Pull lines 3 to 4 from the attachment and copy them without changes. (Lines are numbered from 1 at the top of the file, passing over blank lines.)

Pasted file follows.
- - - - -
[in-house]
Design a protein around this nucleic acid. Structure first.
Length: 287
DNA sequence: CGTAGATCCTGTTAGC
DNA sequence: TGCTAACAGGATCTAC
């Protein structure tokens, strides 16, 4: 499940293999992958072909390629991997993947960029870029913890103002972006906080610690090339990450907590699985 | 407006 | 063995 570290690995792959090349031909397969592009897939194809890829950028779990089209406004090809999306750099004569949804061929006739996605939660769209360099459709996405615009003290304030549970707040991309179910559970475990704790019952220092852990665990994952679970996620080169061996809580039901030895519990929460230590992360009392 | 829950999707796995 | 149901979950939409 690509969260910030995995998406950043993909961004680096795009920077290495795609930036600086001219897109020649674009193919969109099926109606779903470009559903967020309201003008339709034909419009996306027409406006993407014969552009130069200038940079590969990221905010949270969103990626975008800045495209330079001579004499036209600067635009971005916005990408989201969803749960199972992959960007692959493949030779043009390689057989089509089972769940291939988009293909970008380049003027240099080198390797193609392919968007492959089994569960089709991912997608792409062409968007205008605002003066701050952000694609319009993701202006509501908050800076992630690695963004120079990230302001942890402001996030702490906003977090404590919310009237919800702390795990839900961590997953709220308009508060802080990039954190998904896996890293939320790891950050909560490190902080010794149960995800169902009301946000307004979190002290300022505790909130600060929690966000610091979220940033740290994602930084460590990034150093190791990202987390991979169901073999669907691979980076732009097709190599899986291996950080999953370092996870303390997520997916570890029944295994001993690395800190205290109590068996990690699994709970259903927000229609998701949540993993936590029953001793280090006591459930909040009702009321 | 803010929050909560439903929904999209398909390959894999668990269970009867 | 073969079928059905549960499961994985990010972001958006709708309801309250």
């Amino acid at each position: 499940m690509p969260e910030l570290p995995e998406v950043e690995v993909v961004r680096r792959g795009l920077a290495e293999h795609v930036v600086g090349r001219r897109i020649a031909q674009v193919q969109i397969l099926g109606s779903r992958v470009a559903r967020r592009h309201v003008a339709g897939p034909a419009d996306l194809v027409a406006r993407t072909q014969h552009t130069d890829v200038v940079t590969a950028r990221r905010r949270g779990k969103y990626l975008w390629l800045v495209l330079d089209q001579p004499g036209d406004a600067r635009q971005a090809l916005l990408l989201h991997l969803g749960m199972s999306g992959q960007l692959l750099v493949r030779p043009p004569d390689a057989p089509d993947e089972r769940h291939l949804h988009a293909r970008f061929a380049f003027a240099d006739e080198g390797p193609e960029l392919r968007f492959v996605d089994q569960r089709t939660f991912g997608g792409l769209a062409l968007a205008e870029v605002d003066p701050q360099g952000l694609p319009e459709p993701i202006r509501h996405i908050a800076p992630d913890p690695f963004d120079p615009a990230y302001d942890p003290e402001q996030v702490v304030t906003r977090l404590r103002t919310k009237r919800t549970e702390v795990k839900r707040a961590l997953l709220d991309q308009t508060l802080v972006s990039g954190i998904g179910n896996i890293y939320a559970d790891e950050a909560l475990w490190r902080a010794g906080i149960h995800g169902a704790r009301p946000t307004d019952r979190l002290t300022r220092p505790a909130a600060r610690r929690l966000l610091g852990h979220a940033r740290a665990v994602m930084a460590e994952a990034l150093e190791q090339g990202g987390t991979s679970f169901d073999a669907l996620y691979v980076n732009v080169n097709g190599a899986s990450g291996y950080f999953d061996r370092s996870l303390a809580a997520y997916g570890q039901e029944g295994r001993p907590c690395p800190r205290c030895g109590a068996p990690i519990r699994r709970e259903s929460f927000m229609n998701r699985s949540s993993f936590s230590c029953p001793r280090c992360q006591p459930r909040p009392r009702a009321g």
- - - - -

Length: 287
DNA sequence: CGTAGATCCTGTTAGC